Dempsey Essick is a self taught, self expressed realist watercolor artist. He is known as the Hummingbird Bird Artist; not only for the hummingbirds he paints but for the hidden hummingbirds he hides in his paintings.
Old homesteads usually carry the name of the original owner/builder through the years. The 200 year old Hayden Place, on Wesley Chapel Road, in Davidson County, is no exception.
In 1797, after Jesse Hayden married Rosana Sloan, Rosana's daddy deeded the couple 646 acres of land along Potts Creek in the western part of the county near the Yadkin River. There the happy couple built their dream house. The house was occupied by Jesse and Rosana, and their descendants for the next 118 years before becoming a tenant farm after 1916.
Mrs. Vadie Queen, the 82 year old lady who has lived in the Hayden place for thirty-eight years, is true to the legacy of Jesse and Rosana. Mrs. Queen keeps chickens and still heats with wood and cooks on a wood stove.
Dempsey Essick chose to depict the "Homeplace" in winter when the snow provides suitable highlights for the old dwelling. The trees in the background are barren, allowing the towering cedar in the front yard to be the primary focal point of the picture.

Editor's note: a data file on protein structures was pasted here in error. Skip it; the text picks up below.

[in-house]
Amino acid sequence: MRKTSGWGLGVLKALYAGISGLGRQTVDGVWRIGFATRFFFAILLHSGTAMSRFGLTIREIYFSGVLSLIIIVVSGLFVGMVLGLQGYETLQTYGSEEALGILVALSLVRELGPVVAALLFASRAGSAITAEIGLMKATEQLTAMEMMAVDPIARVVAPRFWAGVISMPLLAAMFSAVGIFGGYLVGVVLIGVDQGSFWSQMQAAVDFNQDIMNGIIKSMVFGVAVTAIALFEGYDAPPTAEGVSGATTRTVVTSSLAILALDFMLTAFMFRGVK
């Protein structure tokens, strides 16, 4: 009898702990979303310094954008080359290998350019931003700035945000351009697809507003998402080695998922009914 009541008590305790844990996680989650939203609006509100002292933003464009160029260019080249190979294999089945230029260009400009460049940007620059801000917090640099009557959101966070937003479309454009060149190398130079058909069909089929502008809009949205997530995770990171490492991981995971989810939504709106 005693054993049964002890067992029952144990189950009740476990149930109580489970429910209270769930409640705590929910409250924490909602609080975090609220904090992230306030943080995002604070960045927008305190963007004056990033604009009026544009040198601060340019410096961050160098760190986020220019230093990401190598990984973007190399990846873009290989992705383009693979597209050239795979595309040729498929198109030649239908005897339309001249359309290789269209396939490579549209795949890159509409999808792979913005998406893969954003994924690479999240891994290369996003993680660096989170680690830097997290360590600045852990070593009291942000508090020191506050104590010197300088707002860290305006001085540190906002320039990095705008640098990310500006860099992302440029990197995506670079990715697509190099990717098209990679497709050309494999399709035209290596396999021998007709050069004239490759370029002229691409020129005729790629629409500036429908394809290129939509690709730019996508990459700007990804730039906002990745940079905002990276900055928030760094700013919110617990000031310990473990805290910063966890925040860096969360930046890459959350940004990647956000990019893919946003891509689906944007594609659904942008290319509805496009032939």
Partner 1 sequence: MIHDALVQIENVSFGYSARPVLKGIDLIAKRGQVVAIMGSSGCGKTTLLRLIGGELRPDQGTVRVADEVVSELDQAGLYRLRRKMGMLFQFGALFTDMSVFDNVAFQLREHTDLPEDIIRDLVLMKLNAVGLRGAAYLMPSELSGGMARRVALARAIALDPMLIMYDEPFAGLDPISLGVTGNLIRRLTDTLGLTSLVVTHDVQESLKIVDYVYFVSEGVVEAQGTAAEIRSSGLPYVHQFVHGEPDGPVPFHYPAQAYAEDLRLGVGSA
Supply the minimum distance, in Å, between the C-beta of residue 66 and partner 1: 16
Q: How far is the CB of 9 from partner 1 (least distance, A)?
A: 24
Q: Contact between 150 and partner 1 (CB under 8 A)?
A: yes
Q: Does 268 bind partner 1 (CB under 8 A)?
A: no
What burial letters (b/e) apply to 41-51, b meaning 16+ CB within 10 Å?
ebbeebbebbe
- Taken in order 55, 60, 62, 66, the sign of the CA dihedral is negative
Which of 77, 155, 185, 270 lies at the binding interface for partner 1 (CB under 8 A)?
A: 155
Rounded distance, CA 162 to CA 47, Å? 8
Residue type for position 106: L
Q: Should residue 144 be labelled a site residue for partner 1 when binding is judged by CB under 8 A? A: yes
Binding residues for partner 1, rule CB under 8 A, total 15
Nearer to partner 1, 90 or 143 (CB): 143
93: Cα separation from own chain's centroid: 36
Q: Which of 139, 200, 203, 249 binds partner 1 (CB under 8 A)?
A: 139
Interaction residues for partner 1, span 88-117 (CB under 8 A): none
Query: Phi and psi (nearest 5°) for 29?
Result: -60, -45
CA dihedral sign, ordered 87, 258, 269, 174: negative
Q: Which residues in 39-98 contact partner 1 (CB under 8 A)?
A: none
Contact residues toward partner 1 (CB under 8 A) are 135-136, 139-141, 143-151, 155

The artist's trademark realism is manifest in every aspect of the twilight scene. The view is to the west where the sky is still light just after the cold winter sun has set. Slush in the road has refrozen so that the sound of passing vehicles reverberates in the still countryside.
Admirers of Essick's work will be pleased with the wealth of detail in the "Homeplace." The hand-made bricks in the two chimneys; his rendering of each board and post in the house and out buildings; the delineating of each branch and twig in the leafless trees; all are elements of what has become the Essick touch.
The viewer, seeking relief from the stark cold depicted in the painting, is warmed by a glow from the kitchen window. Images come to mind of the family gathered around the supper table, talking, laughing, recounting the day's events.
In the meantime, a lone chicken can be seen scratching for food under the shrubbery.